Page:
I read this very thoughtful blog post today written by a Palestinian (I think) about the do’s and don’ts for international activists who want to stand in solidarity with Palestine. It’s long but worth the time to read and digest it, available here. Based on the author’s concept of solidarity, I have decided that I do not qualify as a solidarity activist. Here’s why:
I agree with many of the points raised.
- don’t be patronizing and don’t treat Palestine or Palestinians as a charity case.
- don’t speak for the Palestinians; they have their own voice.
- don’t view Palestinians as exotic creatures or objects to be admired.
- do know the history; do your homework before you come to Palestine.
But I vehemently disagree with the notion that I must give up my ideas of right and wrong, my beliefs and values, and adopt whatever means or strategies the Palestinians have adopted to end the occupation. Therefore, I can’t stand in “solidarity” with them. What label should I give to my actions?
The Palestinian blogger says: If you are in solidarity with the Palestinian people and our right towards self-determination, then you are in solidarity with our rights to fight colonialism by all means, including armed resistance, there is no compromise.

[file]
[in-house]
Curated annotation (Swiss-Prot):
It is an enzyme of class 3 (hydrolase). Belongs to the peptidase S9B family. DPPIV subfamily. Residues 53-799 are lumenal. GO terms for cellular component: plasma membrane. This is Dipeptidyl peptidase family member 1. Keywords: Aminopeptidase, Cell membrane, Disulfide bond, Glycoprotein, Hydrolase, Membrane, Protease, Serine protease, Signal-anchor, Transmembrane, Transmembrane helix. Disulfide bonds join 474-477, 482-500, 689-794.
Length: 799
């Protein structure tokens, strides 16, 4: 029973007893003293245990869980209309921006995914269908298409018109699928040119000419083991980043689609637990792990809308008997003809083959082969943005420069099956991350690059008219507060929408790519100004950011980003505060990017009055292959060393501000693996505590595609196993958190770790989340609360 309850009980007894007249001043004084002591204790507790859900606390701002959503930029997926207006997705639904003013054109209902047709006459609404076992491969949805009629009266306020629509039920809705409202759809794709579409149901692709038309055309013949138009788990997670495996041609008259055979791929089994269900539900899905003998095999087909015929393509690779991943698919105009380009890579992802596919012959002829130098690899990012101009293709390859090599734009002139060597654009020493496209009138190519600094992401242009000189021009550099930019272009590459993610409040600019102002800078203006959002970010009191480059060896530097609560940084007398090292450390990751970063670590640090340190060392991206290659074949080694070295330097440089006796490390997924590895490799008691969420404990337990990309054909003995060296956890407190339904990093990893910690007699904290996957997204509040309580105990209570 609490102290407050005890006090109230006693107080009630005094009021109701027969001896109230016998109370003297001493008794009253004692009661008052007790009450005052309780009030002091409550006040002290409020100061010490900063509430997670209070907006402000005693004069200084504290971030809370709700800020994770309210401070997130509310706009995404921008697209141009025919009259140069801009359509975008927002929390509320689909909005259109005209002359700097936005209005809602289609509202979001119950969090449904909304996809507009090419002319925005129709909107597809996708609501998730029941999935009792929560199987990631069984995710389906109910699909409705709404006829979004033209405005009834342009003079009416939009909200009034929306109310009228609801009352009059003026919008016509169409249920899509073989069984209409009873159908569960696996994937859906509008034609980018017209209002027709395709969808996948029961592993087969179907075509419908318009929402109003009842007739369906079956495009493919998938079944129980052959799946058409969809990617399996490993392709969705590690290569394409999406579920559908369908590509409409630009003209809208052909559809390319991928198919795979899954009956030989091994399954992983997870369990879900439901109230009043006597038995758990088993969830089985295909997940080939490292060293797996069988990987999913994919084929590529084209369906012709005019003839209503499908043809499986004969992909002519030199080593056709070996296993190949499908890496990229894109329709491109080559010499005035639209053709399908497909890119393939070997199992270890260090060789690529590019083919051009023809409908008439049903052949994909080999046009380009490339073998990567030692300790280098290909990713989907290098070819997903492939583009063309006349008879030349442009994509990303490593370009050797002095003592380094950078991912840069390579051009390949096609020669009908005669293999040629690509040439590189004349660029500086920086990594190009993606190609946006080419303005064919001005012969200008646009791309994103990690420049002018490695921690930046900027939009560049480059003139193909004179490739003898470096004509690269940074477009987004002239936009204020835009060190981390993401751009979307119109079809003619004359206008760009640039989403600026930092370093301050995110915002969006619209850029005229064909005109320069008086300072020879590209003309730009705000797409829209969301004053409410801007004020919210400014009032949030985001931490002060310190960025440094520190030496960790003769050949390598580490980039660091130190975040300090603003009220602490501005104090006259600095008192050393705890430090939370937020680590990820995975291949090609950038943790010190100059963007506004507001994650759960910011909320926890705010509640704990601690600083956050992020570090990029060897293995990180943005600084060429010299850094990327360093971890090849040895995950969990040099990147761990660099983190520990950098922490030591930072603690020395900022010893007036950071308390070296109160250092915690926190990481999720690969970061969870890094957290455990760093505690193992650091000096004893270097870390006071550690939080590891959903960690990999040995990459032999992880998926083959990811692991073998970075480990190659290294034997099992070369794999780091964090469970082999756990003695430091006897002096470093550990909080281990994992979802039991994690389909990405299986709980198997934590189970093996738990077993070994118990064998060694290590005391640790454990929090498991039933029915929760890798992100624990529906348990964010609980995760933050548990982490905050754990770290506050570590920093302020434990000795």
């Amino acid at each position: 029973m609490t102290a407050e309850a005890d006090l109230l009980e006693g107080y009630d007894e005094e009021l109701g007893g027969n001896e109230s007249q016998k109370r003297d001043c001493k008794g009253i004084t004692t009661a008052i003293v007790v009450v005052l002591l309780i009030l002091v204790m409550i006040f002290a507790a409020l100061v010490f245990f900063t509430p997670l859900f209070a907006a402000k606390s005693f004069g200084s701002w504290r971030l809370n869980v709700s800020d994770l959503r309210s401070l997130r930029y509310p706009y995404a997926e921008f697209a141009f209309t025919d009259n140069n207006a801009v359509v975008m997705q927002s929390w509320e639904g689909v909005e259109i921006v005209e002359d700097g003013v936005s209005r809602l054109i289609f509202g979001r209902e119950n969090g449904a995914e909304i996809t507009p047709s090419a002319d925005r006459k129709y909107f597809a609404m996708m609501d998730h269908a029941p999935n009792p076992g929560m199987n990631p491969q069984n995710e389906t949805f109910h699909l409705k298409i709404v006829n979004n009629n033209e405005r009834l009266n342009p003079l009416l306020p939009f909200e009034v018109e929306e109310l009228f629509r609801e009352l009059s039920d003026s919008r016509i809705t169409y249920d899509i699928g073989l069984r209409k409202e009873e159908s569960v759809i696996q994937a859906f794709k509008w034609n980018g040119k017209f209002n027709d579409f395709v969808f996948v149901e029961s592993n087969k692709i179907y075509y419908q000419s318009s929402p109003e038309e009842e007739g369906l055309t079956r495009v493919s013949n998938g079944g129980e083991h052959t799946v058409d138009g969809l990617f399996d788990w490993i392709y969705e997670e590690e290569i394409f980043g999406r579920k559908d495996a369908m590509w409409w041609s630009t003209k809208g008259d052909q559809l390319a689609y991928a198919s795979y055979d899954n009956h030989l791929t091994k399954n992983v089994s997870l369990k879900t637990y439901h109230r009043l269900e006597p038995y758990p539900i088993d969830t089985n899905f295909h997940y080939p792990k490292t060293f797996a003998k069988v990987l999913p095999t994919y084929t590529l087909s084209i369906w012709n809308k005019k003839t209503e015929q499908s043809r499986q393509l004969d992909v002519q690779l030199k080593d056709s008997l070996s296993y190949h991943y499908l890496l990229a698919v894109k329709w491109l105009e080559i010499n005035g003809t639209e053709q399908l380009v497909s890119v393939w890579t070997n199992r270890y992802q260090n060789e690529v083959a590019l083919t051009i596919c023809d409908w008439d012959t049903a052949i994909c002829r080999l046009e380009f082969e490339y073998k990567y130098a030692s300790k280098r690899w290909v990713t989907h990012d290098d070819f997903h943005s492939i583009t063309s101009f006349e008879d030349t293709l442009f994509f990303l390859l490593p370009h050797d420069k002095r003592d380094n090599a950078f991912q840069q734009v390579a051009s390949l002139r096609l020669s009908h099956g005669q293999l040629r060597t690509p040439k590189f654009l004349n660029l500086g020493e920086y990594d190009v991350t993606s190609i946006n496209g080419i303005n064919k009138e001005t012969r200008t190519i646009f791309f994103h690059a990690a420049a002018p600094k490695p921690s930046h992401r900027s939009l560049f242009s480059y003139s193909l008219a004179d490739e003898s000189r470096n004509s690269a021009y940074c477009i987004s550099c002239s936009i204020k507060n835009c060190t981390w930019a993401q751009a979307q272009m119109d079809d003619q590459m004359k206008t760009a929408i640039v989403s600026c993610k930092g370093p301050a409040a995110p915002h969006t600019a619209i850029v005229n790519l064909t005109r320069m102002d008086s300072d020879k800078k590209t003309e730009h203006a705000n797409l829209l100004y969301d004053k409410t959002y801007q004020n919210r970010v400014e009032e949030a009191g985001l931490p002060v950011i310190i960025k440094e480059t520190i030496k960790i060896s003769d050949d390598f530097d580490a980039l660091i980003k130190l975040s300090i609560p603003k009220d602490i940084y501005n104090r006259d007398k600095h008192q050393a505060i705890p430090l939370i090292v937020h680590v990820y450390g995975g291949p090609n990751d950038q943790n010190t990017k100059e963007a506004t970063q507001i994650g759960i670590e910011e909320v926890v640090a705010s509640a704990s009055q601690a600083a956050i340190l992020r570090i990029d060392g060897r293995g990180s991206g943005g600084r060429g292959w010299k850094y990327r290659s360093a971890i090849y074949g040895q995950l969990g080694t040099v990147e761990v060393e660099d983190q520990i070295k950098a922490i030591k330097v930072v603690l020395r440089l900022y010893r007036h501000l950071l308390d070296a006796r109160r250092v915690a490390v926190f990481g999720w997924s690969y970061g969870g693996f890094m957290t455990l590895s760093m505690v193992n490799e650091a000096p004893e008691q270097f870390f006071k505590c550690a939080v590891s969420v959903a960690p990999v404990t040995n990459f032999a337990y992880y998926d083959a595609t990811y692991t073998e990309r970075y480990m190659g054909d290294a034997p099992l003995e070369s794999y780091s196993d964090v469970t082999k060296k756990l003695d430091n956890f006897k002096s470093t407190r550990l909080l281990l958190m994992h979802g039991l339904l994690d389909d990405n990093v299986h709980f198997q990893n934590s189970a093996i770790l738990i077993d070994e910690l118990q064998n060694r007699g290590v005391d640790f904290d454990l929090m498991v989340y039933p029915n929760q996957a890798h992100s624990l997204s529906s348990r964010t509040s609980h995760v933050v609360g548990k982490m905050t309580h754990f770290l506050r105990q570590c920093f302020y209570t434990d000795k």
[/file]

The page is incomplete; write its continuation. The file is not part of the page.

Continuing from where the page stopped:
I do not condone violence or armed resistance —- never have, never will. I may certainly understand it, but I do not support it.
Sitting in Gaza in November 2012 and listening to Israeli bombs exploding all around, gave me a new appreciation for the need to protect oneself from this aggression. But “armed resistance” is very broad and may encompass many different types of violence — from suicide bombers to rockets landing in the middle of civilians. I don’t support either.
I try to live my life by the Golden Rule. It’s not easy sometimes, but it’s the only thing that makes sense to me. And if I argue that Israel must put down its weapons and end this occupation, I can’t, in good conscience, argue that others should be allowed to raise their weapons.
I believe the occupation must end …… for the sake of both Israel and Palestine. I stand in solidarity with all peace-loving people on both sides of the “green line” ….. and with all of the children who deserve a future of peace and security in this region.
I came to Gaza to teach about climate change. I am leaving as a student who learned alot. It is not accurate to label me pro-Palestinian or pro-Israeli, but maybe pro-humanitarian fits me the best.